FR: Sally is no longer prettier than Jane

< Previous | Next >


Senior Member

The little word "plus" has managed to cause me a lot of confusion in usage, especially when it can be interpreted with any of its multiple meanings. Could someone please verify for me if the French translations are correct in the following?

Sally is prettier than Jane.
=> Sally est plus jolie que Jane. (textbook standard)
Sally is not prettier than Jane.
=> Sally n'est pas plus jolie que Jane.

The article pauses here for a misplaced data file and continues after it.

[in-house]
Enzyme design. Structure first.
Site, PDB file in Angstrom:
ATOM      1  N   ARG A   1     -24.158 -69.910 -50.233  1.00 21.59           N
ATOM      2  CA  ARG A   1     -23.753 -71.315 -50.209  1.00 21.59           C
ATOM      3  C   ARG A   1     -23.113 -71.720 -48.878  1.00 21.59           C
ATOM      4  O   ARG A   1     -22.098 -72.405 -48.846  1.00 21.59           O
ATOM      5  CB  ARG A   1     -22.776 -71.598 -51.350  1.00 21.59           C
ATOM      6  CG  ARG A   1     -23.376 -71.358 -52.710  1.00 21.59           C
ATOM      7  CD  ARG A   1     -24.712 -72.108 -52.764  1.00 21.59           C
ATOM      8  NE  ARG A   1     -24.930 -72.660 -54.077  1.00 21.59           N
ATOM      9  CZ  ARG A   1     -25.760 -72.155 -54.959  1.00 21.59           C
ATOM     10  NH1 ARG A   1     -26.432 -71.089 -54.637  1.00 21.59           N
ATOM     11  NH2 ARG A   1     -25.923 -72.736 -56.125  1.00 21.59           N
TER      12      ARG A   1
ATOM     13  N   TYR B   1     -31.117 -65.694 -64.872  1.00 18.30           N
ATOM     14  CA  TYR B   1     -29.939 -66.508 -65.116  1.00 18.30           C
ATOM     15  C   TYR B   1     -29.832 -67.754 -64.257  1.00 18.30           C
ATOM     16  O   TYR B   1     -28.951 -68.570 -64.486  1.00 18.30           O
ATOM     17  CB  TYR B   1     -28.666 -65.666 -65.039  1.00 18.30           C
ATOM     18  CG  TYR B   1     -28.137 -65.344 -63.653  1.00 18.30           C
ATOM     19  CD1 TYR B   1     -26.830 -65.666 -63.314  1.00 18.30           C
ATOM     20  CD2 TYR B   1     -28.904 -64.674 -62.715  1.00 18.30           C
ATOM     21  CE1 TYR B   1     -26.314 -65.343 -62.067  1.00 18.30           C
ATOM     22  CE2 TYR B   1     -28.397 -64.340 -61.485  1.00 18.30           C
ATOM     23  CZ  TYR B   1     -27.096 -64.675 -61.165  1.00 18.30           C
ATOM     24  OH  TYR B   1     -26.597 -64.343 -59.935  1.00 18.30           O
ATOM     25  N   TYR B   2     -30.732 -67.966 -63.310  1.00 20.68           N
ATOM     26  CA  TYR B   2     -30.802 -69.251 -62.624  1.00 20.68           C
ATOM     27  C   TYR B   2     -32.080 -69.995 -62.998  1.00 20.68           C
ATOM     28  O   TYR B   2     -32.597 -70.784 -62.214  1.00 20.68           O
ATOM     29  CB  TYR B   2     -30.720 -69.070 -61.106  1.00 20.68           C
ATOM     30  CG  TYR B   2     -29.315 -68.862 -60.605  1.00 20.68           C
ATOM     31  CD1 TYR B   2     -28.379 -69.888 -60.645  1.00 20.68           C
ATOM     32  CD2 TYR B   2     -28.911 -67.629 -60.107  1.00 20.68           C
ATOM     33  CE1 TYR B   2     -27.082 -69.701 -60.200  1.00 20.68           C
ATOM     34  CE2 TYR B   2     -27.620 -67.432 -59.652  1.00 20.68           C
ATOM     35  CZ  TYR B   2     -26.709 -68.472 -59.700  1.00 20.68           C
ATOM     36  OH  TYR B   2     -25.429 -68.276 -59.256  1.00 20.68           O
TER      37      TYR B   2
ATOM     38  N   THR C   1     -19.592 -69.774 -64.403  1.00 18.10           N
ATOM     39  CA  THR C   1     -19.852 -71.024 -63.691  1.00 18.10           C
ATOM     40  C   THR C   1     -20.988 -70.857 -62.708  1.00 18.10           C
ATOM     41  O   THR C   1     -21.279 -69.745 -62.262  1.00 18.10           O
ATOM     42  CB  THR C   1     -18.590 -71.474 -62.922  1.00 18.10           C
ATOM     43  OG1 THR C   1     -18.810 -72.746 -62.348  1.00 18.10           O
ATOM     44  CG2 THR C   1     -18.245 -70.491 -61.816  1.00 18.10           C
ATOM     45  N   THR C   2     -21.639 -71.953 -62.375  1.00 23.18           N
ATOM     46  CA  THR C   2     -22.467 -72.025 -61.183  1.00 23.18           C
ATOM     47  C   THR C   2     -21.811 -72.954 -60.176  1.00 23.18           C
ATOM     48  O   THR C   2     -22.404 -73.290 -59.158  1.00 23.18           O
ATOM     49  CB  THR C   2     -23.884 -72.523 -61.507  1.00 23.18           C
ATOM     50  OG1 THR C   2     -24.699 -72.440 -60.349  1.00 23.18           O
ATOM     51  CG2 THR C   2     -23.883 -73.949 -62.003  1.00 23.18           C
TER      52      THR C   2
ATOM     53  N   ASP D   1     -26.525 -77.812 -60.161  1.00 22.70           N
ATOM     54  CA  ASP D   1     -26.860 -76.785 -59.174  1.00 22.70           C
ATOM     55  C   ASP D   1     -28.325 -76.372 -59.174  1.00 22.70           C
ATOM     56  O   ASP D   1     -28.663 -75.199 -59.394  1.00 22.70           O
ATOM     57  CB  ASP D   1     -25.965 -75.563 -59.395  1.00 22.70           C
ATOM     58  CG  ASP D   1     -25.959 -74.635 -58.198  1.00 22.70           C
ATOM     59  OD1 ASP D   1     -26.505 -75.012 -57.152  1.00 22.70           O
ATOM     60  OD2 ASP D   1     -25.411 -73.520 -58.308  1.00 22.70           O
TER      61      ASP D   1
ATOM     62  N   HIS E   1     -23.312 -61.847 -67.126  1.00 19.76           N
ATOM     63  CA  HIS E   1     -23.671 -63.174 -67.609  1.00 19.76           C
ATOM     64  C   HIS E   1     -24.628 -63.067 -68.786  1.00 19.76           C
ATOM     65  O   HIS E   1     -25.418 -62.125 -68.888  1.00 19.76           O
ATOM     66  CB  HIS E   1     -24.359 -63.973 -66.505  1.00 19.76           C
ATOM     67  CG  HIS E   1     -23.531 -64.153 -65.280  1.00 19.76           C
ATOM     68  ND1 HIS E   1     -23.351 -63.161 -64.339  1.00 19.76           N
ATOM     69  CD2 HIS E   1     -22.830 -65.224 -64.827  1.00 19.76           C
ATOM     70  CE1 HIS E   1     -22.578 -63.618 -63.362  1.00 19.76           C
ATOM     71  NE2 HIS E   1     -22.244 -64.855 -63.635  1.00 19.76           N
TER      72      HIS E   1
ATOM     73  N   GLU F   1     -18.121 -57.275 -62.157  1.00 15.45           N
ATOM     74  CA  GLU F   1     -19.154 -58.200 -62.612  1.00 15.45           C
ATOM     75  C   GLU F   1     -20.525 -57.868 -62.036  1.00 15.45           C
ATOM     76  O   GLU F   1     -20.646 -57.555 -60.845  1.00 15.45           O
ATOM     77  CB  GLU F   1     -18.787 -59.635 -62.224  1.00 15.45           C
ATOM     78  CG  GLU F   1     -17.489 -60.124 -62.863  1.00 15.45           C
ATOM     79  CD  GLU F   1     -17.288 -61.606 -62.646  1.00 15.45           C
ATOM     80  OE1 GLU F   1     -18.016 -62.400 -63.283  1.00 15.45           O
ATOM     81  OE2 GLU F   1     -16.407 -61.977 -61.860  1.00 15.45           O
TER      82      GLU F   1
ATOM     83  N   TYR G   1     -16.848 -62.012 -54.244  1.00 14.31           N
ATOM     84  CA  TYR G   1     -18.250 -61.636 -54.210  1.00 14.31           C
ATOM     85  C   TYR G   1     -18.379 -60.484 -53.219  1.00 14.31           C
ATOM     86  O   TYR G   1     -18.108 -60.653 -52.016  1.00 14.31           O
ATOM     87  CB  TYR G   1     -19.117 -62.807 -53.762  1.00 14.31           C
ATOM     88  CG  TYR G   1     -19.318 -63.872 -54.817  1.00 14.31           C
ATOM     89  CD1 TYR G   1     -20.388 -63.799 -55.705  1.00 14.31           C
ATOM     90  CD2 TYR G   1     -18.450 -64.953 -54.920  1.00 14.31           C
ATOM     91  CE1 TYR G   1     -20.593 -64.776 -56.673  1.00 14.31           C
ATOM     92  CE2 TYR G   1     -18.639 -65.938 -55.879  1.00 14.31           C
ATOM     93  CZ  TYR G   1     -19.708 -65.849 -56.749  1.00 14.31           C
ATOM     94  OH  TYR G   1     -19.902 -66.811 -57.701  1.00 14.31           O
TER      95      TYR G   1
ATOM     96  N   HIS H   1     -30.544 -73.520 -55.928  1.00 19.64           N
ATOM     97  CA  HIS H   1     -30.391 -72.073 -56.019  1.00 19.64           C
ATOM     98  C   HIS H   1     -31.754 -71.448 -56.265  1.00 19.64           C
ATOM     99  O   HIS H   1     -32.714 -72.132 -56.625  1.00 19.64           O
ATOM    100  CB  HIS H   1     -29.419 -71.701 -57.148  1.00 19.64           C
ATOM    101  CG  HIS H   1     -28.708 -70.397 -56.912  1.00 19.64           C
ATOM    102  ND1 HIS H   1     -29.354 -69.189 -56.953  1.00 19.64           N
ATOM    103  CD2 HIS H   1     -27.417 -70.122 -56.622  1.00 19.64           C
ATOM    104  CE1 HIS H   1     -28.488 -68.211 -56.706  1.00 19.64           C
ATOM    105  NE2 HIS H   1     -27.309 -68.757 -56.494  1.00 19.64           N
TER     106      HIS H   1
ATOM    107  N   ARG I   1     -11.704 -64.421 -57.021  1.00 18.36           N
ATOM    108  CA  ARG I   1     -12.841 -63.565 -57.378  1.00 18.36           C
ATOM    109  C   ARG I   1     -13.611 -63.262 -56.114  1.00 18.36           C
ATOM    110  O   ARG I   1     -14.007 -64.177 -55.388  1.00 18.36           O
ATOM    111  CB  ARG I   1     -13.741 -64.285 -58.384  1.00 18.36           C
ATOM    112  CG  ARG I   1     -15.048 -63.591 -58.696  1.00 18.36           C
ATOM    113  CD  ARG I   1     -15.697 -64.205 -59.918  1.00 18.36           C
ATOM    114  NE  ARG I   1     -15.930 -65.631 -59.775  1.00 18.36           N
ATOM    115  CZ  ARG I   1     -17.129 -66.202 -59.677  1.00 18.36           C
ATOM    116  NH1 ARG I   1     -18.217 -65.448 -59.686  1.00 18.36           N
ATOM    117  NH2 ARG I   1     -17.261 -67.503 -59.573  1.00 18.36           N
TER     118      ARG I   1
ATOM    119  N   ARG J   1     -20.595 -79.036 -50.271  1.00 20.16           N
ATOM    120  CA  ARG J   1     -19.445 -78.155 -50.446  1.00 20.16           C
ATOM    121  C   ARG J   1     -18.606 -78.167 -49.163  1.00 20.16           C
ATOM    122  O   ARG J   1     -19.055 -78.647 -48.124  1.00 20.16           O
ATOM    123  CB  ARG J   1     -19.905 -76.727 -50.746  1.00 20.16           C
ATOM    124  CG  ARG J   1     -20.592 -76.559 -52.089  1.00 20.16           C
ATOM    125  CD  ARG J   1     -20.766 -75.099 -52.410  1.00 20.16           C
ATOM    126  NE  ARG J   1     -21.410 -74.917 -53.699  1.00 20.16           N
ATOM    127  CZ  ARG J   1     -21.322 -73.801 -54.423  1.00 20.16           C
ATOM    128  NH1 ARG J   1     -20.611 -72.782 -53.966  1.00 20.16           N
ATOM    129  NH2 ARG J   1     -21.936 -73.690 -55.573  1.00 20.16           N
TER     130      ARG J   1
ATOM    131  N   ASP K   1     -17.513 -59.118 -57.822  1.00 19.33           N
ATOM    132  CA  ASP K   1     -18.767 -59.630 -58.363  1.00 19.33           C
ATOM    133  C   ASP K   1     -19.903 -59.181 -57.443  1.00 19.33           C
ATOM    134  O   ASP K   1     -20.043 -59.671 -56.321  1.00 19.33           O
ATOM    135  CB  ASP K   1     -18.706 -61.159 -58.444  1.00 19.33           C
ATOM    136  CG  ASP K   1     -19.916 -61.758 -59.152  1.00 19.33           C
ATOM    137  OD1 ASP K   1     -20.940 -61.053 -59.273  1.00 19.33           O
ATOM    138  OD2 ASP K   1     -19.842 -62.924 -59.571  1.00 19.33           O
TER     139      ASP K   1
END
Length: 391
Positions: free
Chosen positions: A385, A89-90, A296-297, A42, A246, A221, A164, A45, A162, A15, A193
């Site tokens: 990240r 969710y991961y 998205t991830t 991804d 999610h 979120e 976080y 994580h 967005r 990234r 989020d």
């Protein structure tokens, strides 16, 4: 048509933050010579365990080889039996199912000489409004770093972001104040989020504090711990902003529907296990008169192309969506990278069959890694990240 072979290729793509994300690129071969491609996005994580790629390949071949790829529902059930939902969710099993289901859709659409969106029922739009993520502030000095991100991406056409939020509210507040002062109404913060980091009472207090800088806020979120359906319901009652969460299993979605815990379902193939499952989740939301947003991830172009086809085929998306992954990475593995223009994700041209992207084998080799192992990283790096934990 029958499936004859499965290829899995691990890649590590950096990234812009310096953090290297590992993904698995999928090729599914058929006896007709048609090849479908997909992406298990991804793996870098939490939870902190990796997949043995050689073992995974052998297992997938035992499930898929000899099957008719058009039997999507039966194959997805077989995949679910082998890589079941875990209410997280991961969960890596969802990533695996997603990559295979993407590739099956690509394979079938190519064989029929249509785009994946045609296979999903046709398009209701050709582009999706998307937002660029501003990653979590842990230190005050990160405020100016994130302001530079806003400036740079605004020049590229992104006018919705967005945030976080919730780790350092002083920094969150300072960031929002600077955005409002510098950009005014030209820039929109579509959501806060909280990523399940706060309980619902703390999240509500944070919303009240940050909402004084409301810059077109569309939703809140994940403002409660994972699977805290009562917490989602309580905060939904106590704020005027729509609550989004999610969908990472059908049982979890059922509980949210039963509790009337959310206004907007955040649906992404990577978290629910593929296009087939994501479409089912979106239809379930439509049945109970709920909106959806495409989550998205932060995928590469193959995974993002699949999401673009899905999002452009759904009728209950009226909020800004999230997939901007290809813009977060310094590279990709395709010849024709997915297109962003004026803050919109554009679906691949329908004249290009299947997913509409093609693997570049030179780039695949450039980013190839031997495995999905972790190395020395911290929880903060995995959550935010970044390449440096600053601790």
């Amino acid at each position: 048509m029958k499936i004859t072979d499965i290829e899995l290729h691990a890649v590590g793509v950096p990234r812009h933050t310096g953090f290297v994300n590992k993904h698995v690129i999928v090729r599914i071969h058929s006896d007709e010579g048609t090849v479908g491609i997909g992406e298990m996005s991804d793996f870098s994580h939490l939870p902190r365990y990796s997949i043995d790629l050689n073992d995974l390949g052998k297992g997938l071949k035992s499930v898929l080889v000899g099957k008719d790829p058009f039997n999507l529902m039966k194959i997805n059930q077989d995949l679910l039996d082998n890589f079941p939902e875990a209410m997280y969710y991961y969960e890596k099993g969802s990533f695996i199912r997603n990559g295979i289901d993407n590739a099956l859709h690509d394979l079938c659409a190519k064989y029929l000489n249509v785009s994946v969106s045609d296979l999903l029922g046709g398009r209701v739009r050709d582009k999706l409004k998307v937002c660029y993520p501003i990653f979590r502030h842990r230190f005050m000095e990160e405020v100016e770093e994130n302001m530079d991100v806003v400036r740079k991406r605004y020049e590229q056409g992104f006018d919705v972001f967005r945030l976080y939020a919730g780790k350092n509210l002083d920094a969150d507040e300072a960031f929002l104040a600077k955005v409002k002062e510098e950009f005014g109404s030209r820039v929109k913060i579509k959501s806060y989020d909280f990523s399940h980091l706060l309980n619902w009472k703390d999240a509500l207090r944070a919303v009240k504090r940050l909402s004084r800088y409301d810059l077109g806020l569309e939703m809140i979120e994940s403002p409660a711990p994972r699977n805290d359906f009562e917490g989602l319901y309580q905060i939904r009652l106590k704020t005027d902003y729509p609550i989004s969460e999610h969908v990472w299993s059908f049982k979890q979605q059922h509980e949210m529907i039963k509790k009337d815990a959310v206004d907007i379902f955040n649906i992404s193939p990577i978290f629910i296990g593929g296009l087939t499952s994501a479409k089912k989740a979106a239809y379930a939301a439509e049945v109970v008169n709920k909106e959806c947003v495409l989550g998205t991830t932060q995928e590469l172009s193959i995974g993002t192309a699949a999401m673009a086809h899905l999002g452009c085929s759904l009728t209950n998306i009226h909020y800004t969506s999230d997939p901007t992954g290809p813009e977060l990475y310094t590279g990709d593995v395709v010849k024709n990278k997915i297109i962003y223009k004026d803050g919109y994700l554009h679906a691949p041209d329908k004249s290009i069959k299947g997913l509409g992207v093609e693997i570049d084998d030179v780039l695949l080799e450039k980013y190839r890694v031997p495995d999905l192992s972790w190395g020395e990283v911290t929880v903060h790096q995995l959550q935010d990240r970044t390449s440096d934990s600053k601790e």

Sally is no longer prettier than Jane.
=> Sally n'est plus plus jolie que Jane.

The third sentence looks especially absurd to me with the two "plus", but maybe that's how it works??

Thank you in advance.
  • Oddmania

    Senior Member

    Yes, you got it all right :thumbsup: The third sentence might sound weird to you, but keep in mind the logic is the same in English : "Sally isn't any more beautiful than Jane anymore".


    Senior Member
    langue française
    Although n'est plus plus jolie makes grammatical sense, it would be considered bad style. There are other ways to express the same idea; e.g. Jane est devenue plus jolie que Sally, La beauté de Jane a surpassé celle de Sally, etc.
    < Previous | Next >